Hitherto the fourth generation plus western fighters were usually accompanied by a specialized aircraft equipped with signals and electronic intelligence gathering and jamming systems that ensured that the enemy could not interfere with the mission as was done during the initial air invasion of Iraq. The disruption of electricity supply in Iraqi cities was achieved by dropping conducting wire onto the transmission lines leading out of power stations and substations enroute to cause short circuits.
The debate underway is whether the fifth generation fighters are autonomous enough to be able to deal with the enemy jamming with their own onboard counter-measure systems or require another aircraft to help in their penetration mission irrespective of their intrinsic ‘low observable’ configuration. It is held that because of the use of stealth technology the radar cross section of the fifth generation fighter aircraft is reduced to the size of an elusive bird and the intrinsic speed helps it to penetrate deep into enemy territory before counter-measures can be set in motion.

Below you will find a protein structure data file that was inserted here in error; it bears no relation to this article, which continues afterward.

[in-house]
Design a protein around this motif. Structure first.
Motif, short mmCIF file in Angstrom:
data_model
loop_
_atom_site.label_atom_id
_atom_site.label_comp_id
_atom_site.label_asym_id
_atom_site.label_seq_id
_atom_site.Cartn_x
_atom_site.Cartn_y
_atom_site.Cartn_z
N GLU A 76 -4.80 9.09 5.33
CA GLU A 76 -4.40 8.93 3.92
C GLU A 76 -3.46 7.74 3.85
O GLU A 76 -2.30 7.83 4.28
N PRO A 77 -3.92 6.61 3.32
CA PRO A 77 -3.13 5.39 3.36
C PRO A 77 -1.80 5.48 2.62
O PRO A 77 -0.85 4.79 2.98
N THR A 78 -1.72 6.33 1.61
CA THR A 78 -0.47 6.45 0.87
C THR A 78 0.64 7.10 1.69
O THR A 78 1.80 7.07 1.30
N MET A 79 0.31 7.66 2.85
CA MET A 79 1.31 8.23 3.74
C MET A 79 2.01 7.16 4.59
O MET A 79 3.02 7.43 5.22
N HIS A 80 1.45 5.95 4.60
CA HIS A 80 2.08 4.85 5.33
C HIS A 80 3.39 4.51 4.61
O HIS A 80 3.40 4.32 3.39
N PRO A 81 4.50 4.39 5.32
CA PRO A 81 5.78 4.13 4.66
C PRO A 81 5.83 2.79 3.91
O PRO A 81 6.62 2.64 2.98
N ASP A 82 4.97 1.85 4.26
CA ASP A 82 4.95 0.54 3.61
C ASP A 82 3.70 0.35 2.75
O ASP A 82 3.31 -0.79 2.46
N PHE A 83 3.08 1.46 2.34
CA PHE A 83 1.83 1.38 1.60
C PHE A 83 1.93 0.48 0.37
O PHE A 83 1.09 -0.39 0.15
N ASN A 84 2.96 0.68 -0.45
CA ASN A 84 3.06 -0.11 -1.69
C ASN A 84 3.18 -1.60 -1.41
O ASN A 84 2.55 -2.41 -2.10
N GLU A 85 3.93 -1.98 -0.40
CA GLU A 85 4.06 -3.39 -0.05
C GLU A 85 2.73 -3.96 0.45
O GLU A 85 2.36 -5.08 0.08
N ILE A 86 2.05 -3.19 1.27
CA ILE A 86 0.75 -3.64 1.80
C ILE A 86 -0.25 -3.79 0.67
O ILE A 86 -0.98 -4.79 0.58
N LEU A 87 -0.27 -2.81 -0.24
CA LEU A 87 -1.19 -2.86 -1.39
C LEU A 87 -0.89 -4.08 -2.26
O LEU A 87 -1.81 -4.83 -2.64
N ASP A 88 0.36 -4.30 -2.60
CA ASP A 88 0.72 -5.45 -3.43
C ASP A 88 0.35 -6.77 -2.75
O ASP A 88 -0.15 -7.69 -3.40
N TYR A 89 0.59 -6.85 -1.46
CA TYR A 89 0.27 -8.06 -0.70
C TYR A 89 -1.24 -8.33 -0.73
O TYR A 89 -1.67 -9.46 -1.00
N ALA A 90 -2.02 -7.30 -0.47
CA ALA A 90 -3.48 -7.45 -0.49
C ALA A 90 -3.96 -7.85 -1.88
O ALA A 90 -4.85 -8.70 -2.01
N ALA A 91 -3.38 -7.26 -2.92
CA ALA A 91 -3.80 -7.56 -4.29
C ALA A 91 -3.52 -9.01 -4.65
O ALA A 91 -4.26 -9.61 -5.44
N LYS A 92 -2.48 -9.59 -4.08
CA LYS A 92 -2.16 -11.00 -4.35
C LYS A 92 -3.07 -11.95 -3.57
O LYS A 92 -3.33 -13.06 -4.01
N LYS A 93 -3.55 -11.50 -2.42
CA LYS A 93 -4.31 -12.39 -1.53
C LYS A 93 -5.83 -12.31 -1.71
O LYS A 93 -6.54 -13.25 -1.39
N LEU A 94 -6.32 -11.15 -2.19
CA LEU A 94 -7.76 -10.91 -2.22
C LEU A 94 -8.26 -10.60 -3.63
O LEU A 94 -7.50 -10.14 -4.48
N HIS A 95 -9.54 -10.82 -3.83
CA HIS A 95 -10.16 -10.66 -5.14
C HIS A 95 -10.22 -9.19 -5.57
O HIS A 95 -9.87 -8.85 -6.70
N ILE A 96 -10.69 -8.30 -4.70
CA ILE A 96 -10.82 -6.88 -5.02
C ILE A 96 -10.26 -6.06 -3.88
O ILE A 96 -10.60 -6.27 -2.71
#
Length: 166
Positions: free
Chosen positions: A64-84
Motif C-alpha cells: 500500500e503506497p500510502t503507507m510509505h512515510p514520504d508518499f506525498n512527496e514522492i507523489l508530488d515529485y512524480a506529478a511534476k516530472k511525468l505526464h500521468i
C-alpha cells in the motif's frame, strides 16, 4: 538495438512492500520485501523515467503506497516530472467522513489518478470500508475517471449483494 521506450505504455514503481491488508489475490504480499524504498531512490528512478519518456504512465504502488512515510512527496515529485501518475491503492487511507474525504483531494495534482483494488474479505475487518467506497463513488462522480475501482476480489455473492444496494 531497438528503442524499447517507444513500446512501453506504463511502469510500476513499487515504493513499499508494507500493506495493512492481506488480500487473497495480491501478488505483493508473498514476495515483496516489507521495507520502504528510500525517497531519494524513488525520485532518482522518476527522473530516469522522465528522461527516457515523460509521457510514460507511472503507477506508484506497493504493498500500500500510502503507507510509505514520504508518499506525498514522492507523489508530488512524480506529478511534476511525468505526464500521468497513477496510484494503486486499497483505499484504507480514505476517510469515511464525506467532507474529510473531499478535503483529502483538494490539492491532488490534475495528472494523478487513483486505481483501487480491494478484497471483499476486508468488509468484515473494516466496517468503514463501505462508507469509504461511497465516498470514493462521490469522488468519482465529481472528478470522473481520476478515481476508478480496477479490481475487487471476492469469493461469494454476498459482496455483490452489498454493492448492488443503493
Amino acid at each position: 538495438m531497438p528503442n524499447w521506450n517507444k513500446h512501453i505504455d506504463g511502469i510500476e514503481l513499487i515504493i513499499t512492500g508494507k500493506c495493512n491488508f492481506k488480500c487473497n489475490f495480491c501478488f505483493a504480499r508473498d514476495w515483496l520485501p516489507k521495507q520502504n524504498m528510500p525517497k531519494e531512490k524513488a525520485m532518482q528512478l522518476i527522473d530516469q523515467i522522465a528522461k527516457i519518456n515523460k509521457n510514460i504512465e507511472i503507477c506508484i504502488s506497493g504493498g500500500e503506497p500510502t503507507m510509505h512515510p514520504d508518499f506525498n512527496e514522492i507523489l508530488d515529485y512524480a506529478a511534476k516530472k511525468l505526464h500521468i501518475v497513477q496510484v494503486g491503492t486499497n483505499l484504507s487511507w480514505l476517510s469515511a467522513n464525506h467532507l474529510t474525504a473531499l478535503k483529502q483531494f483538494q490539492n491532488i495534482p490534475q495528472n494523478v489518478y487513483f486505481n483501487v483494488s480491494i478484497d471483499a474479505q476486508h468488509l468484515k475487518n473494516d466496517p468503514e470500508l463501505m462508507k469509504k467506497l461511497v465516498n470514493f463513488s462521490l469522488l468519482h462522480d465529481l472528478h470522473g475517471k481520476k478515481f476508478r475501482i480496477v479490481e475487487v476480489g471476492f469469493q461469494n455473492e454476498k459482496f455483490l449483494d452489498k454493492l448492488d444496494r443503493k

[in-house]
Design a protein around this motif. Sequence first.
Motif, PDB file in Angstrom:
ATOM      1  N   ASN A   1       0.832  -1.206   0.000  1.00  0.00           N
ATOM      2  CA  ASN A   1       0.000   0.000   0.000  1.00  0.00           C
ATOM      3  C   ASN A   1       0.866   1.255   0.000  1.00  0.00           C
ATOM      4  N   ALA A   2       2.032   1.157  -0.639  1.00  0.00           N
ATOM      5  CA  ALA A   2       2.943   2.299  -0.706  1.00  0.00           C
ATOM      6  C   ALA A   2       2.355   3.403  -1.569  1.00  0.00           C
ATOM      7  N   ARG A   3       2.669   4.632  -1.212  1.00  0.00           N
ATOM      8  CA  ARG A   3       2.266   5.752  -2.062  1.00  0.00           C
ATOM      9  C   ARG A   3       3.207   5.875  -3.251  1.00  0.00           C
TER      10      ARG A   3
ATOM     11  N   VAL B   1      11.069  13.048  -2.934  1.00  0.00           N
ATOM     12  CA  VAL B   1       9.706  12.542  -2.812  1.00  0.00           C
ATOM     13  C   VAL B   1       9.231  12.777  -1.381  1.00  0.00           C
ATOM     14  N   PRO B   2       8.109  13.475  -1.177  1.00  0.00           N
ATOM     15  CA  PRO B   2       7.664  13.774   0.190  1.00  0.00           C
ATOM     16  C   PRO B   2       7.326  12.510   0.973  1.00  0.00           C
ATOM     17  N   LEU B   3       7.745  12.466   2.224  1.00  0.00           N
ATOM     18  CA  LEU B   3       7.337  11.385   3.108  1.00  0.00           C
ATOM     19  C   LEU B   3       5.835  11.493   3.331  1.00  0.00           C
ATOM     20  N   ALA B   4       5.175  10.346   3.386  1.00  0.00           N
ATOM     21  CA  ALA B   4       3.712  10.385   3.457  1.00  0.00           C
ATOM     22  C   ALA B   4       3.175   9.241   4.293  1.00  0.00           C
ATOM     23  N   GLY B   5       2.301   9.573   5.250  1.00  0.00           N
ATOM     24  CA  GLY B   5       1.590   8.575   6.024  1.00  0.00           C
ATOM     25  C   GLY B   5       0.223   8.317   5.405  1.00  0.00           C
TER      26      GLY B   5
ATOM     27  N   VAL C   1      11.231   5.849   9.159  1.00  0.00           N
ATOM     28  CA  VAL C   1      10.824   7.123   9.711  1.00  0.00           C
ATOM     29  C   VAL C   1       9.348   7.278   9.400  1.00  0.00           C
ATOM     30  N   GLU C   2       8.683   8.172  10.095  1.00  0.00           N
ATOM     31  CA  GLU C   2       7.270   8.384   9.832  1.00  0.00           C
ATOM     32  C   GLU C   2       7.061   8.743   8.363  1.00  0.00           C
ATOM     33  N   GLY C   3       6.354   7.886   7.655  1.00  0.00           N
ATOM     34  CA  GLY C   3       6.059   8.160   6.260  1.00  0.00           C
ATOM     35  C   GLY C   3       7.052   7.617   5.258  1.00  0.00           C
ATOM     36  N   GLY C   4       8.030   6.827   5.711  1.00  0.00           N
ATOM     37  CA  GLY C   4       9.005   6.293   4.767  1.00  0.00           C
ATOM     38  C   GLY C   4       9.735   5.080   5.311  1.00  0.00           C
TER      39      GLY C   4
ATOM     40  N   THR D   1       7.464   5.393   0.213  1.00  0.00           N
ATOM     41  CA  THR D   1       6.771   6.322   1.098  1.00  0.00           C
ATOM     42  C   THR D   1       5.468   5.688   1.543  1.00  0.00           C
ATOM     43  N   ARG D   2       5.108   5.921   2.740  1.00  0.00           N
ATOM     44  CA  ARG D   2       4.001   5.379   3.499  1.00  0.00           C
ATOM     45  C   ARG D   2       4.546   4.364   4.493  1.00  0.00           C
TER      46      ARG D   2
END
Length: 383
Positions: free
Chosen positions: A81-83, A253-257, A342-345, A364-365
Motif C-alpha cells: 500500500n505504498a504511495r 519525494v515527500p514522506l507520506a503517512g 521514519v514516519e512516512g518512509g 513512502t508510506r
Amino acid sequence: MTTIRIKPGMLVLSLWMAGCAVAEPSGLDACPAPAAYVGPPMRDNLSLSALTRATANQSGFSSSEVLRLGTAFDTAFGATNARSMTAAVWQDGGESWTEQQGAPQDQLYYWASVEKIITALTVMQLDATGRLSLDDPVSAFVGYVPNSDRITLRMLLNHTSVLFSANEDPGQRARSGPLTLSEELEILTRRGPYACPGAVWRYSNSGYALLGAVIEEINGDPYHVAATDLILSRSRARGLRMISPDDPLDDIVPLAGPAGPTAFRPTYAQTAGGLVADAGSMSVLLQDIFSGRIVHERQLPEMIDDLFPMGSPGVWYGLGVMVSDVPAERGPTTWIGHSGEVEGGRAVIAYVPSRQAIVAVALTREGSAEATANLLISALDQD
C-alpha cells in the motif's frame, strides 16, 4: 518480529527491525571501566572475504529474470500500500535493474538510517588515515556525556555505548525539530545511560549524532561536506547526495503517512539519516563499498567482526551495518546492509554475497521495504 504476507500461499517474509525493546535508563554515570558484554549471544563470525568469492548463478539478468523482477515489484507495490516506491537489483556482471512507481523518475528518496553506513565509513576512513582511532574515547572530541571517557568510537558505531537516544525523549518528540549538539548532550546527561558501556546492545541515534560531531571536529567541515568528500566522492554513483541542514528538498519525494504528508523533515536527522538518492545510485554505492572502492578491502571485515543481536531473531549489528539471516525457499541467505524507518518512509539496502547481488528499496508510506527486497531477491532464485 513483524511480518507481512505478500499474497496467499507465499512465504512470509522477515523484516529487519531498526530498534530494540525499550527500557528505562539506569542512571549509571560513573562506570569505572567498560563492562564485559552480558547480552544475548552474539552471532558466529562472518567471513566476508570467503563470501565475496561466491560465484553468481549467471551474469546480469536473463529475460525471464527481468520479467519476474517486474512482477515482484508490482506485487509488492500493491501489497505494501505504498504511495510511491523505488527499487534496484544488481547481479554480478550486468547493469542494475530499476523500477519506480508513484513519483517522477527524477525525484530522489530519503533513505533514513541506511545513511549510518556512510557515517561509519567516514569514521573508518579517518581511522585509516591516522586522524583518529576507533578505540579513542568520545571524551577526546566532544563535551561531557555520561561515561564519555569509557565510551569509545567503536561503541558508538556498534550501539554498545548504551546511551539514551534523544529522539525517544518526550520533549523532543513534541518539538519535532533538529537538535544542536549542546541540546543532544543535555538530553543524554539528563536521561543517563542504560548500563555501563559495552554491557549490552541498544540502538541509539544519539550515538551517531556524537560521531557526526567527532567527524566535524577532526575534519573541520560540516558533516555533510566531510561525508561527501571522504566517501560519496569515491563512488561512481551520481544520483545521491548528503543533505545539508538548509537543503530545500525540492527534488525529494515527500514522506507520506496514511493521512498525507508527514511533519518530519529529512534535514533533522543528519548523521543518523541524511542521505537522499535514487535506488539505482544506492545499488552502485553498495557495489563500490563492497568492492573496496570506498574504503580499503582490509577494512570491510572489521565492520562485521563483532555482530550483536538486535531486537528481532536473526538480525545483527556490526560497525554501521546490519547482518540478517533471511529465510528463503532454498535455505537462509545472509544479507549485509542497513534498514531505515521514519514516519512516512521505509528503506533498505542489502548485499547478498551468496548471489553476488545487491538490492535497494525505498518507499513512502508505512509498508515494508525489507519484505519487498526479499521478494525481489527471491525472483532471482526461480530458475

The frontal profile of the penetrating would be too small to record on the returning radar blip but the side view too is largely obscured by the manufacturers by shaping the fuselage and with paint and other materials technology to either disperse the radar ‘ping’ or absorb it thereby preventing the radar operator to pinpoint the location of the intruding aircraft. Hence, it is argued that there is no need for an accompanying jammer aircraft.